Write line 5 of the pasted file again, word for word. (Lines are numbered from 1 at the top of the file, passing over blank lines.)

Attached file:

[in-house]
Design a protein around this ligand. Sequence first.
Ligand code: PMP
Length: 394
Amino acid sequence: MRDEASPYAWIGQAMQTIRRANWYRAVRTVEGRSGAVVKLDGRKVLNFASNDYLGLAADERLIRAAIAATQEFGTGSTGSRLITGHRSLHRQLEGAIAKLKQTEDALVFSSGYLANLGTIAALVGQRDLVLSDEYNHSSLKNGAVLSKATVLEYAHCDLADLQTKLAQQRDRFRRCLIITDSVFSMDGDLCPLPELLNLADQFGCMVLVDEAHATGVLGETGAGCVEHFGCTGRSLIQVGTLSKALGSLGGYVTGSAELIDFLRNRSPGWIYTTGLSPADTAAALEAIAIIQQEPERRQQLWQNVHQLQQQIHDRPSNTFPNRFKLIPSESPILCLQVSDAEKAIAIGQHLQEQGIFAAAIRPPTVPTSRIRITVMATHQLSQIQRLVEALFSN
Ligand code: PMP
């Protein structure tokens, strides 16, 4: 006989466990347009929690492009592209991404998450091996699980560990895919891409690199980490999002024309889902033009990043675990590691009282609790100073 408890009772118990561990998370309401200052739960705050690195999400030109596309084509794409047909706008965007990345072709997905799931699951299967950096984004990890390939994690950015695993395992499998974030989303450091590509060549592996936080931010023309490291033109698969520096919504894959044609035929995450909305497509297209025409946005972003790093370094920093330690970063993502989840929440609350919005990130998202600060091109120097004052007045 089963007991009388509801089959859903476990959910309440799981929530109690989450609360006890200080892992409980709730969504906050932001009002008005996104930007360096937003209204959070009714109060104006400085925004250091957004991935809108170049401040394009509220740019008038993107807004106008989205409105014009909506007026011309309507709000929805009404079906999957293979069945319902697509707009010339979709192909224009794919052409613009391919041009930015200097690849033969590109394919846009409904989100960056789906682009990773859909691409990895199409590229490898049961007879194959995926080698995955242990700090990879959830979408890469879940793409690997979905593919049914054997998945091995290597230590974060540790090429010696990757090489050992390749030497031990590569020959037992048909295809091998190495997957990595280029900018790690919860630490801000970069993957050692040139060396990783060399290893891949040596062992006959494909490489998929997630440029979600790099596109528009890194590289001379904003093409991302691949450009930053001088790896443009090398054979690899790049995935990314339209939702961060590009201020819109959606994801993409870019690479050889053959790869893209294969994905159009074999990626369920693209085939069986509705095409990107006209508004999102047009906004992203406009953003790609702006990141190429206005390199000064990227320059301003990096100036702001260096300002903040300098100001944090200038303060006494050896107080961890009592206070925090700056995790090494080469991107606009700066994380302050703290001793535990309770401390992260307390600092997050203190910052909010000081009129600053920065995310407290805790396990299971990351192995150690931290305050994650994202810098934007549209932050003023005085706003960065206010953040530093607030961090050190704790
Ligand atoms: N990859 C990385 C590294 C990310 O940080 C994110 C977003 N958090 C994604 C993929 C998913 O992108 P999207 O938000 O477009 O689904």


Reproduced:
Amino acid sequence: MRDEASPYAWIGQAMQTIRRANWYRAVRTVEGRSGAVVKLDGRKVLNFASNDYLGLAADERLIRAAIAATQEFGTGSTGSRLITGHRSLHRQLEGAIAKLKQTEDALVFSSGYLANLGTIAALVGQRDLVLSDEYNHSSLKNGAVLSKATVLEYAHCDLADLQTKLAQQRDRFRRCLIITDSVFSMDGDLCPLPELLNLADQFGCMVLVDEAHATGVLGETGAGCVEHFGCTGRSLIQVGTLSKALGSLGGYVTGSAELIDFLRNRSPGWIYTTGLSPADTAAALEAIAIIQQEPERRQQLWQNVHQLQQQIHDRPSNTFPNRFKLIPSESPILCLQVSDAEKAIAIGQHLQEQGIFAAAIRPPTVPTSRIRITVMATHQLSQIQRLVEALFSN